COLUMBUS, Ohio One of the most comprehensive investigations done to date on aromatherapy failed to show any improvement in either immune status, wound healing or pain control among people exposed to two often-touted scents.
While one of two popular aromas touted by alternative medicine practitioners lemon did appear to enhance moods positively among study subjects, the other lavender had no effect on reported mood, based on three psychological tests.
Neither lemon nor lavender showed any enhancement of the subjects immune status, nor did the compounds mitigate either pain or stress, based on a host of biochemical markers.
In some cases, even distilled water showed a more positive effect than lavender.
The study, published online in the journal Psychoneuroendocrinology, looked for evidence that such aromas go beyond increasing pleasure and actually have a positive medical impact on a persons health. While a massive commercial industry has embraced this notion in recent decades, little, if any, scientific proof has been offered supporting the products health claims.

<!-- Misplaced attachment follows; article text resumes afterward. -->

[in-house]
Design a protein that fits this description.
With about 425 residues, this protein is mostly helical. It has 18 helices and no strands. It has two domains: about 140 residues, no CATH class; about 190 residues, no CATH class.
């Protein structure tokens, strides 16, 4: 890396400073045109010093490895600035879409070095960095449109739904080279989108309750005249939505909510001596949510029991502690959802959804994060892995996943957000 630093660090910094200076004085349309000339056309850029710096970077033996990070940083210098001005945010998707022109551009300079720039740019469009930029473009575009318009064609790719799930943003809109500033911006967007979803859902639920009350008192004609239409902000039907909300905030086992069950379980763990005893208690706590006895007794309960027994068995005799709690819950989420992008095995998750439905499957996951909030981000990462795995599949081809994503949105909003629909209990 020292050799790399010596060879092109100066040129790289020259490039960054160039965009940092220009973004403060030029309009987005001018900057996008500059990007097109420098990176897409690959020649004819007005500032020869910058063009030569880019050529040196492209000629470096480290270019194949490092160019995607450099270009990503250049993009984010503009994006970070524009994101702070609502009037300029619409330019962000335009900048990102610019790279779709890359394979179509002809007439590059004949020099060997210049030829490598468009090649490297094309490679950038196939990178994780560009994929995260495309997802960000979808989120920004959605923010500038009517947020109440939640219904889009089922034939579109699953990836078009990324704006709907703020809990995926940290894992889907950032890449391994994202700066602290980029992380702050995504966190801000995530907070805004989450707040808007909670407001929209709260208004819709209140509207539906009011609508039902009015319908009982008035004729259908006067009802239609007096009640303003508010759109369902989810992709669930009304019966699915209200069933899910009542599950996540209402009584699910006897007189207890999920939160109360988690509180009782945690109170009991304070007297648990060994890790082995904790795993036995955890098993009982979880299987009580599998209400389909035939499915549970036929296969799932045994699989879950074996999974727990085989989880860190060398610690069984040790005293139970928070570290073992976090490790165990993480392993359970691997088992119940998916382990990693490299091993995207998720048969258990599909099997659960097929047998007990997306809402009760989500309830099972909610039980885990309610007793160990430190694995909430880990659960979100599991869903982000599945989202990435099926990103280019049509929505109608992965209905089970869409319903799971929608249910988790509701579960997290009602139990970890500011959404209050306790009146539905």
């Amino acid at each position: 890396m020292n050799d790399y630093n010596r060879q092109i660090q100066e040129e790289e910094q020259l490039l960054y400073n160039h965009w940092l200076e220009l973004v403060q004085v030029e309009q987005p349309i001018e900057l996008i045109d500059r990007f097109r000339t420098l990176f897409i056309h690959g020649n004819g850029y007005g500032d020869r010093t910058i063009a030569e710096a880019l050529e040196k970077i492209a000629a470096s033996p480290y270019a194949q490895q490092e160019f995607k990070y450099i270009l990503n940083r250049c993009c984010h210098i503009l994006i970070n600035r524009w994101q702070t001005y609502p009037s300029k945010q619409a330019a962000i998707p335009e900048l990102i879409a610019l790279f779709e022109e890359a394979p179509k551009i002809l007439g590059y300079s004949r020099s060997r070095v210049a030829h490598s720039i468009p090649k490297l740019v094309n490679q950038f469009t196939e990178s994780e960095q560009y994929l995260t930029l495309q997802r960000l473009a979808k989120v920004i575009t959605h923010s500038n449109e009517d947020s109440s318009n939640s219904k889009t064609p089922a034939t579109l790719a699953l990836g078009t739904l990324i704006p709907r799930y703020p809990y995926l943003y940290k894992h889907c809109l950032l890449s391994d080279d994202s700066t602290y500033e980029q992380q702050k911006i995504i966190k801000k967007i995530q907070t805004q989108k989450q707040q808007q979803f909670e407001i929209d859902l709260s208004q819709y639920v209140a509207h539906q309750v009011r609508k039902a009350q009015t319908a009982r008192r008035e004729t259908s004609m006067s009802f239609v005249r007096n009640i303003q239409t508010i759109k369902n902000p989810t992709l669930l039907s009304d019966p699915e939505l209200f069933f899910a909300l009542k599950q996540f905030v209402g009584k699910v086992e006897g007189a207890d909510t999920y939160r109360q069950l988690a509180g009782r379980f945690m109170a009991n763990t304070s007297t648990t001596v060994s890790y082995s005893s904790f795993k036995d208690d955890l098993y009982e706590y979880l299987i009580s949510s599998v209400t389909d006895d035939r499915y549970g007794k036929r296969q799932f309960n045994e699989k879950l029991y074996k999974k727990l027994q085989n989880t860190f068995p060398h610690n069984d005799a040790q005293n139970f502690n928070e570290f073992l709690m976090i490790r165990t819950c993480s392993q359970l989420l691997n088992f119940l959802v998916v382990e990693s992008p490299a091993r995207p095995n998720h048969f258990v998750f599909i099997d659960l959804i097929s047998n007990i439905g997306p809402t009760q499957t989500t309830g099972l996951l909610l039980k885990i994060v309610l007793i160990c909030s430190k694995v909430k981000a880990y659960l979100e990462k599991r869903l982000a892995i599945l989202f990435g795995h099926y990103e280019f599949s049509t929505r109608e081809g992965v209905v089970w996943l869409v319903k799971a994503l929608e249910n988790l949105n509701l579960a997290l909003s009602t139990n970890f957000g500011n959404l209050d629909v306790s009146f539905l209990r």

We all know that the placebo effect can have a very strong impact on a persons health but beyond that, we wanted to see if these aromatic essential oils actually improved human health in some measurable way, explained Janice Kiecolt-Glaser, professor of psychiatry and psychology at Ohio State University and lead author of the study.
The researchers chose lemon and lavender since they were two of the most popular scents tied to aromatherapy. Recently, two other studies focused on these same two scents.
For the study, Kiecolt-Glaser; Ronald Glaser, a professor of molecular virology, immunology and medical genetics, and William Malarkey, professor of internal medicine, assembled a group of 56 healthy volunteers. These men and women were screened beforehand to confirm their ability to detect standard odors. Some were proponents of the m
|Contact: Jan Kiecolt-Glaser|
Ohio State University